MUSE is simply willing to try out anything and no influence is too strange or eclectic to throw in when it works. On the title track for example it sounds like Native American drumming that ushers in one of their punky alternative noise rockers as well as ending it, "Uno" starts off with some electronic noise followed by a tango bass line that is the backbone of the track creating a super catchy lead single that was well received in the UK. Although the influences aren't always as well woven together as they would be on the next few albums, this debut album is a lot better than I initially thought it would be coming to it after the following ones. The passionate delivery both vocally and instrumentally is in full force and so are the well written pop sensibilities incorporated into every track. I can easily listen to this entire album time and time again without skipping a single track. MUSE are masters of variety and that is not absent here. There are rockers and ballads. Angry outbursts, tender passages and lots of noise and myriad influences lurking beneath the surface. Overall a great start for this band who may shamelessly plunder the vaults of the sonic temples but at least they achieve interesting results in the end. 3.5 stars rounded up

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 Disobbedisco! by IANVA album cover Studio Album, 2006
3.25 | 5 ratings

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Disobbedisco!
Ianva Rock Progressivo Italiano

Review by apps79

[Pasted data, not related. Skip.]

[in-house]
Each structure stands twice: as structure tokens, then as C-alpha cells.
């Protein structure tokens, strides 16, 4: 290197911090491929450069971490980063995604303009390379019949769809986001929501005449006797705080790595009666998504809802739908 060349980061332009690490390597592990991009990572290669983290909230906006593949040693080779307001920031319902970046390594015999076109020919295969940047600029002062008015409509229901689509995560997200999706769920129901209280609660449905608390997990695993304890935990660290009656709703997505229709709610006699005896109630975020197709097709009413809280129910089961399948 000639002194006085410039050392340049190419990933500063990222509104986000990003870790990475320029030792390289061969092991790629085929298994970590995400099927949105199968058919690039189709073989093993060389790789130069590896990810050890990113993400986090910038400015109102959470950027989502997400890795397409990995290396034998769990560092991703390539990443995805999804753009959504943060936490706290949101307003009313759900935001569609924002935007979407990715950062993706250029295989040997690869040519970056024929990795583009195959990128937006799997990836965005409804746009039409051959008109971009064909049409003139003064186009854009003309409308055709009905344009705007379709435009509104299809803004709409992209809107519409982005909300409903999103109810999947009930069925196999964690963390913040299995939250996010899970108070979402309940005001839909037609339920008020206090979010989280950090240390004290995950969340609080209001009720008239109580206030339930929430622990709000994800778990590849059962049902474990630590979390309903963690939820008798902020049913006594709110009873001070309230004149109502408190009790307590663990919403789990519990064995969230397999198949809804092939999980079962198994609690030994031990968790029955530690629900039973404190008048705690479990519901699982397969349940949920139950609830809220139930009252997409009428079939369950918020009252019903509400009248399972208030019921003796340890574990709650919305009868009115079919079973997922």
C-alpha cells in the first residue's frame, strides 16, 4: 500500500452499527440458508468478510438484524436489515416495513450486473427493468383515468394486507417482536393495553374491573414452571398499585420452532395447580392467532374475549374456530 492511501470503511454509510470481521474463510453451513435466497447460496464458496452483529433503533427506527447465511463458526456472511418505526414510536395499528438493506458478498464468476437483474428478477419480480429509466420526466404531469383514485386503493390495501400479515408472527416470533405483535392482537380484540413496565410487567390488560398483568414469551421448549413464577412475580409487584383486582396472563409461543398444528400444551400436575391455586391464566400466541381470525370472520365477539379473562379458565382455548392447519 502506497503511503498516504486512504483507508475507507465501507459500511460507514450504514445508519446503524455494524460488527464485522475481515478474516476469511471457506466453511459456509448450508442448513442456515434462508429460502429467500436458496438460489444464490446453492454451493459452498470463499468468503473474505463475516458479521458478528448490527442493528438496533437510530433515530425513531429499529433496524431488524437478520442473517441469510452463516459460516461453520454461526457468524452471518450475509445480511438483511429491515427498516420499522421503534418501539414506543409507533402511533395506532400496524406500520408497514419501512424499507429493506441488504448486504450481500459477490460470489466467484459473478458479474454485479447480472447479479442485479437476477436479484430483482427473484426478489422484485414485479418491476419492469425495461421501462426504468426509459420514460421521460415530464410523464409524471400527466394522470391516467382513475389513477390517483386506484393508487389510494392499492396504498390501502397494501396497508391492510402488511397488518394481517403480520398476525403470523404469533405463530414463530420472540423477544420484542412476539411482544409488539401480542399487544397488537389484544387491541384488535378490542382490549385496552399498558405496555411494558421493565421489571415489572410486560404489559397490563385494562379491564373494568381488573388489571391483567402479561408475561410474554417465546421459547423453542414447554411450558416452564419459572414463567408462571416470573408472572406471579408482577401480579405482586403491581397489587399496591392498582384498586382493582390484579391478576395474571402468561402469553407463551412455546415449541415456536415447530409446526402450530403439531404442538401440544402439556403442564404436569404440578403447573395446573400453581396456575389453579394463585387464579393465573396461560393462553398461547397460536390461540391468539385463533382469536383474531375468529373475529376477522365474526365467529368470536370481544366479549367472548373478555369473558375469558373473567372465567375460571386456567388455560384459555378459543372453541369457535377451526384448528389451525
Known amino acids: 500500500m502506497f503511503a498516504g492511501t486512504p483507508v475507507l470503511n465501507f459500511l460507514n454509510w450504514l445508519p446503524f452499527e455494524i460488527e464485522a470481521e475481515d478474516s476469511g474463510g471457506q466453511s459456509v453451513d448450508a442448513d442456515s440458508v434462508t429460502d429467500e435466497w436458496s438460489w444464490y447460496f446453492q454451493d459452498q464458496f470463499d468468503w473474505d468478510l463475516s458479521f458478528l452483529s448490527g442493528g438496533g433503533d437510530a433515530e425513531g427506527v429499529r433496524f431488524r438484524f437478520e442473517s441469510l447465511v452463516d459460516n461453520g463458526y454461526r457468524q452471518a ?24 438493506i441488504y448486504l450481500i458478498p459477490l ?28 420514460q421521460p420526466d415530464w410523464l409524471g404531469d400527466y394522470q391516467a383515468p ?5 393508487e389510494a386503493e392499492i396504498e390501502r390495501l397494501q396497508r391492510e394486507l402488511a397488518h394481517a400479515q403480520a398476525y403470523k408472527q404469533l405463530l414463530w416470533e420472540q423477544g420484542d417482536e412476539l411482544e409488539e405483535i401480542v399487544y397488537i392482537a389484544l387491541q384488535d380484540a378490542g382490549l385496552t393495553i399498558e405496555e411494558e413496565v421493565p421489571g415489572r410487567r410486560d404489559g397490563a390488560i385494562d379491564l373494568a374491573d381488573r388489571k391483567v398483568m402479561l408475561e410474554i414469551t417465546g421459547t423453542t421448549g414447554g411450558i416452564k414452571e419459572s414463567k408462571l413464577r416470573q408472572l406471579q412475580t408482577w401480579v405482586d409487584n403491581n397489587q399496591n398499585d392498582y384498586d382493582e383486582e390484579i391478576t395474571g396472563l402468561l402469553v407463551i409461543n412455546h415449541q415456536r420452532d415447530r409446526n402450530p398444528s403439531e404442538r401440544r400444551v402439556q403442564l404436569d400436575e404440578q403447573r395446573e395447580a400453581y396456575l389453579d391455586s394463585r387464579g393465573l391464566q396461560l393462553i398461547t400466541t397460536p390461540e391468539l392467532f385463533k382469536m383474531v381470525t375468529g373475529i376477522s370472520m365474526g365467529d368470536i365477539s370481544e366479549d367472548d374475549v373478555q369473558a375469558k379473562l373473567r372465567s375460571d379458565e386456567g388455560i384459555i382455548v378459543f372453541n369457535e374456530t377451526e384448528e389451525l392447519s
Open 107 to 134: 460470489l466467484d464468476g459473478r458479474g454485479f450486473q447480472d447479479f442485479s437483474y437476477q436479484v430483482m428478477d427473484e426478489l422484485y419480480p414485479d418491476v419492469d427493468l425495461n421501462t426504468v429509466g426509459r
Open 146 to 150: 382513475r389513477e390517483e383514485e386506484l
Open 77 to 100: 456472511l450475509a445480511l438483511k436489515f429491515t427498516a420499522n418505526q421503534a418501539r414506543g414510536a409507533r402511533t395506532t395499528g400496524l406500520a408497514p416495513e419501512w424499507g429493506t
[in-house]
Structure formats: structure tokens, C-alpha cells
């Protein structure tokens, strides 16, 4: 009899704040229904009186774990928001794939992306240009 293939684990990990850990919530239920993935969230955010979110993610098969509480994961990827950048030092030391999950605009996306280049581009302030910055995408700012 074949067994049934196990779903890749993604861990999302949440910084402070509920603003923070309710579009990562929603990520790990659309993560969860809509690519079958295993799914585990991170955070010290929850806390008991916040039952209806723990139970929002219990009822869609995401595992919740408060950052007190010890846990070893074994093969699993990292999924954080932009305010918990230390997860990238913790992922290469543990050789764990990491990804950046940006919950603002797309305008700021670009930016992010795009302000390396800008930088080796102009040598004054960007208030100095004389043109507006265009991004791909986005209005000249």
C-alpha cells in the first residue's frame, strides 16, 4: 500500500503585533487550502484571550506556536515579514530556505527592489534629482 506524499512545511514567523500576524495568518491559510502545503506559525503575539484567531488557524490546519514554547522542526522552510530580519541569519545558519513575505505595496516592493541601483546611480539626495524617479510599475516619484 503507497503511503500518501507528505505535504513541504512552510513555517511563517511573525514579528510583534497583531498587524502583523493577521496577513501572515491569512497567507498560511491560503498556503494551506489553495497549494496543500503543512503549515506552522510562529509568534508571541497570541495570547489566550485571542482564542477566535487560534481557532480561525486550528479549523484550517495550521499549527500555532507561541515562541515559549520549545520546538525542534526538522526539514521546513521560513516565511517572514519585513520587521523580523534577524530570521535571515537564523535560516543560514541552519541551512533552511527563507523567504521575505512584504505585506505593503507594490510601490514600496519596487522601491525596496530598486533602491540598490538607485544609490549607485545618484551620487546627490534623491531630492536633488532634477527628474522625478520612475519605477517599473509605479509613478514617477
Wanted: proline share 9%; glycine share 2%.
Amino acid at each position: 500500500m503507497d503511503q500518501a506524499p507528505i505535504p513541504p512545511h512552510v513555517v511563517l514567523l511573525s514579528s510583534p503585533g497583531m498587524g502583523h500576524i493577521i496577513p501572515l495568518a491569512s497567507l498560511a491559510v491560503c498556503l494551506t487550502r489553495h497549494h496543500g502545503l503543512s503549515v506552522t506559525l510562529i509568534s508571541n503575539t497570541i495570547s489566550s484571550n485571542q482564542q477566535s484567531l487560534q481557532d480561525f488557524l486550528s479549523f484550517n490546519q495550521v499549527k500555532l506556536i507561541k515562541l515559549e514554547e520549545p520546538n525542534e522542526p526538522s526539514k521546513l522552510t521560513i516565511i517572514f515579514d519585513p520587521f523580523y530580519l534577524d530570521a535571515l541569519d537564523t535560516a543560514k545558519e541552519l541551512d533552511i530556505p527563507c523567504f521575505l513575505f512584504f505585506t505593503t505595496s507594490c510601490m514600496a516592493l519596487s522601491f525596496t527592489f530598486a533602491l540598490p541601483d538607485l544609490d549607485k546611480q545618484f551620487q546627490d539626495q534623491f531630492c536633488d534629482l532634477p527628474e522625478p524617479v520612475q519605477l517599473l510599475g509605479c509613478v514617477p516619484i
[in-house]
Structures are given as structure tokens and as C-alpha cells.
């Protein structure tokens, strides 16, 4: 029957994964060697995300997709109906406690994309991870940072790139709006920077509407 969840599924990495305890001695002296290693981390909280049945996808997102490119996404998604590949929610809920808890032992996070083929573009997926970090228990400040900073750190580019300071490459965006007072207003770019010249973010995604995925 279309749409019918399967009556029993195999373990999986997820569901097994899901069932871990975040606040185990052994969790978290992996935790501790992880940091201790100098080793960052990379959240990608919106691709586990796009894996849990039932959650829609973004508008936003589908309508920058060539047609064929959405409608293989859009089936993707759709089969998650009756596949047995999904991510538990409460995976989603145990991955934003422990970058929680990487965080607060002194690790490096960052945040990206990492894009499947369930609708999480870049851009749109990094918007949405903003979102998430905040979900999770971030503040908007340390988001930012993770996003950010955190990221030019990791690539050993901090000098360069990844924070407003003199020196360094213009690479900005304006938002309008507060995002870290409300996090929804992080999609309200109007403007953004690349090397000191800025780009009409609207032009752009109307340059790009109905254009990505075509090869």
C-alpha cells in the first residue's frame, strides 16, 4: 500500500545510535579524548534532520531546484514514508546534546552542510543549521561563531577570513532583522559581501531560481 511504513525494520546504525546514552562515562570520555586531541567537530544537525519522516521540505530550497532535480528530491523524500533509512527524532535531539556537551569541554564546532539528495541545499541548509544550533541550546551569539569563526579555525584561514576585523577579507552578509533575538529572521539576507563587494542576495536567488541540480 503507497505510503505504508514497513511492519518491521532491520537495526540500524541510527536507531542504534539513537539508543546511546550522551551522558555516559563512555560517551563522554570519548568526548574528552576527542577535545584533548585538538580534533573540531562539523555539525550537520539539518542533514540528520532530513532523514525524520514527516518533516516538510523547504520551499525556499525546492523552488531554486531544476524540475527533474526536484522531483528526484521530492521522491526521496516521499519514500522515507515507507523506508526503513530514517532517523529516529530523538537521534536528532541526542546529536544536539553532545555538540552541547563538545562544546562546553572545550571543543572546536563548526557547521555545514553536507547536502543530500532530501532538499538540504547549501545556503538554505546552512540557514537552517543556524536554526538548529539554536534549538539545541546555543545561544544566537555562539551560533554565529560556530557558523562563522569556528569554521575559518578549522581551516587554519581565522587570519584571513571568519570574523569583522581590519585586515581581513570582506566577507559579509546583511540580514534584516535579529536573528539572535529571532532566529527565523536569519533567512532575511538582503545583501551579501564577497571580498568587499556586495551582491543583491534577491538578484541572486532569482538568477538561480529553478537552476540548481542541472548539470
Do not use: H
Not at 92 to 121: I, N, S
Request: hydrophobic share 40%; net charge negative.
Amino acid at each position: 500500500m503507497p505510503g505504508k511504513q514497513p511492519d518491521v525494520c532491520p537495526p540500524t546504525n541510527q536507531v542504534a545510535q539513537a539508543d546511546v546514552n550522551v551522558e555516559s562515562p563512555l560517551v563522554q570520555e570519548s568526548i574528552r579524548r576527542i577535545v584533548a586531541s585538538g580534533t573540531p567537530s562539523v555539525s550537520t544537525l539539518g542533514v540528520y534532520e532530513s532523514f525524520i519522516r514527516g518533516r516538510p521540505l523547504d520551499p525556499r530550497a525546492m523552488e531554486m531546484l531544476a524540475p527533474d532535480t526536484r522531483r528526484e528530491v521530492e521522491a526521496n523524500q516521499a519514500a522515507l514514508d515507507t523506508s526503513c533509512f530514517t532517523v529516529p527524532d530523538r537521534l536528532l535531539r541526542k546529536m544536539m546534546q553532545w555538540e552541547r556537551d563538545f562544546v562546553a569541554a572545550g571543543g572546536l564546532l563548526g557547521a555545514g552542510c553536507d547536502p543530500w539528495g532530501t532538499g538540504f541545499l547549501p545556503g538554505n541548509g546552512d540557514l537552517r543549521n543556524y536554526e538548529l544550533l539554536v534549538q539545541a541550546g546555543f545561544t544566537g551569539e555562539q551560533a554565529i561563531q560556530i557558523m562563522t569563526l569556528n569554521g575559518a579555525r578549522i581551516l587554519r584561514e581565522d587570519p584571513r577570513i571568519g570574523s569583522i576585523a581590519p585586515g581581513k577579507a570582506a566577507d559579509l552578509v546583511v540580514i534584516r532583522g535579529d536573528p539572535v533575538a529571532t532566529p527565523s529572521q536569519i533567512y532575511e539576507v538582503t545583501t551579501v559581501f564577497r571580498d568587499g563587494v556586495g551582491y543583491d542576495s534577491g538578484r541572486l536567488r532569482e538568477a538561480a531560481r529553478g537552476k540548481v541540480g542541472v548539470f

Special Collaborator Neo Prog Team

3 stars ''La ballata dell'ardito'' served more or less as a small taste of Ianva's full-lenght debut ''Disobbedisco!'', which was released in early 2006.It was a concept work, based on the romantic story between Cesare Renzi and Elettra Stavros.A book by Gabriele D'Annunzio is said to be the source of inspiration and the original flame, that has given birth to this album.

This is some very interesting Art Rock/Folk effort, trying to travel the listener to the 1920's-30's era with the use of cinematic echoes, traditional tunes and acoustic images, the concept is quite strong and the dominant use of the Italian language is a helping factor without question.Ianva's music is based on monster brass sections, lots of acoustic piano and constant use of accordion next to the usual suspects, drums, electric guitar and bass.I guess that a hell of Italian singer/songwriters like LUCIANO BATTISTI or ANGELO BRANDUARDI have influenced the group, while there are also elements from pastoral and lyrical Italian Prog present in the album.Alternation between operatic, clean or poetic male and female vocals secure the nostalgic additude of the band and the sound finds them walking through the first half of 1900 with Cabaret Music and Folk being two of the more obvious aspects of their music, which has a strong sense of harmonic parts and vintage Film Score-like vibes.A couple of tracks remind me a bit of Psych/Prog bands like FORMULA 3 or FABIO CELI E GLI INFERMIERI with Ianva displaying a mood for orchestral arrangements over a solid rhythm section and the always emphatic Italian lyricism.